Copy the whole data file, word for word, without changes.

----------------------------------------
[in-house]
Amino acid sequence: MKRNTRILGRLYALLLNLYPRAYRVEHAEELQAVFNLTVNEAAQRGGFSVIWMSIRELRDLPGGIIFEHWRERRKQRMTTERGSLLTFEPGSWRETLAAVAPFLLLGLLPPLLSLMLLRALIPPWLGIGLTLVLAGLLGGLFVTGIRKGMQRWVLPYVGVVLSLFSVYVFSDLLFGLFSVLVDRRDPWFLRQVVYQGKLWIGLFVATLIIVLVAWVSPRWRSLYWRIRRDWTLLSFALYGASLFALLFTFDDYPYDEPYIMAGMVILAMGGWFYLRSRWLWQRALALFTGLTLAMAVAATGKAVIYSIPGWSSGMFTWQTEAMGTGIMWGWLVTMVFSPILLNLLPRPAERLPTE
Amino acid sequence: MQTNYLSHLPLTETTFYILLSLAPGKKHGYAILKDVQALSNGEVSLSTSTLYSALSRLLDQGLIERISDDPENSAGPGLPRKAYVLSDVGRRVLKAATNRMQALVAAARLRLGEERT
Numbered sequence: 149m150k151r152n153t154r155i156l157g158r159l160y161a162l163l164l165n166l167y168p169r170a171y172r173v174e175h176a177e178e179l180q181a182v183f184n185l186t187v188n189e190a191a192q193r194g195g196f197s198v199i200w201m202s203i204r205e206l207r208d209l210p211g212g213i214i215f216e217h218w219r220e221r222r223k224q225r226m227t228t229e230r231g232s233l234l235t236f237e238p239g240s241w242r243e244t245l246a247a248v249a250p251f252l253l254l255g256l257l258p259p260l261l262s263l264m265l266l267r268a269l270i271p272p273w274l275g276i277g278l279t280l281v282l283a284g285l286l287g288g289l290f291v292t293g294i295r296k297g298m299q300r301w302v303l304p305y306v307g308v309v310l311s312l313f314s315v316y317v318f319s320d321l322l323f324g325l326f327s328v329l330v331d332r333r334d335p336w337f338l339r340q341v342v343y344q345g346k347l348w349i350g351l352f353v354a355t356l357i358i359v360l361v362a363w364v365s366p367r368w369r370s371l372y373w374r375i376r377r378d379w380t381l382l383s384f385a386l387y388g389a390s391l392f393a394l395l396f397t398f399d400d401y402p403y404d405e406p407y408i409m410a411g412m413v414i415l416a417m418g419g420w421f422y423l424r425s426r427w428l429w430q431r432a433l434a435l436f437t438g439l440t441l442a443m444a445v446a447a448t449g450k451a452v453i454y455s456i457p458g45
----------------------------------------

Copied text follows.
[in-house]
Amino acid sequence: MKRNTRILGRLYALLLNLYPRAYRVEHAEELQAVFNLTVNEAAQRGGFSVIWMSIRELRDLPGGIIFEHWRERRKQRMTTERGSLLTFEPGSWRETLAAVAPFLLLGLLPPLLSLMLLRALIPPWLGIGLTLVLAGLLGGLFVTGIRKGMQRWVLPYVGVVLSLFSVYVFSDLLFGLFSVLVDRRDPWFLRQVVYQGKLWIGLFVATLIIVLVAWVSPRWRSLYWRIRRDWTLLSFALYGASLFALLFTFDDYPYDEPYIMAGMVILAMGGWFYLRSRWLWQRALALFTGLTLAMAVAATGKAVIYSIPGWSSGMFTWQTEAMGTGIMWGWLVTMVFSPILLNLLPRPAERLPTE
Amino acid sequence: MQTNYLSHLPLTETTFYILLSLAPGKKHGYAILKDVQALSNGEVSLSTSTLYSALSRLLDQGLIERISDDPENSAGPGLPRKAYVLSDVGRRVLKAATNRMQALVAAARLRLGEERT
Numbered sequence: 149m150k151r152n153t154r155i156l157g158r159l160y161a162l163l164l165n166l167y168p169r170a171y172r173v174e175h176a177e178e179l180q181a182v183f184n185l186t187v188n189e190a191a192q193r194g195g196f197s198v199i200w201m202s203i204r205e206l207r208d209l210p211g212g213i214i215f216e217h218w219r220e221r222r223k224q225r226m227t228t229e230r231g232s233l234l235t236f237e238p239g240s241w242r243e244t245l246a247a248v249a250p251f252l253l254l255g256l257l258p259p260l261l262s263l264m265l266l267r268a269l270i271p272p273w274l275g276i277g278l279t280l281v282l283a284g285l286l287g288g289l290f291v292t293g294i295r296k297g298m299q300r301w302v303l304p305y306v307g308v309v310l311s312l313f314s315v316y317v318f319s320d321l322l323f324g325l326f327s328v329l330v331d332r333r334d335p336w337f338l339r340q341v342v343y344q345g346k347l348w349i350g351l352f353v354a355t356l357i358i359v360l361v362a363w364v365s366p367r368w369r370s371l372y373w374r375i376r377r378d379w380t381l382l383s384f385a386l387y388g389a390s391l392f393a394l395l396f397t398f399d400d401y402p403y404d405e406p407y408i409m410a411g412m413v414i415l416a417m418g419g420w421f422y423l424r425s426r427w428l429w430q431r432a433l434a435l436f437t438g439l440t441l442a443m444a445v446a447a448t449g450k451a452v453i454y455s456i457p458g45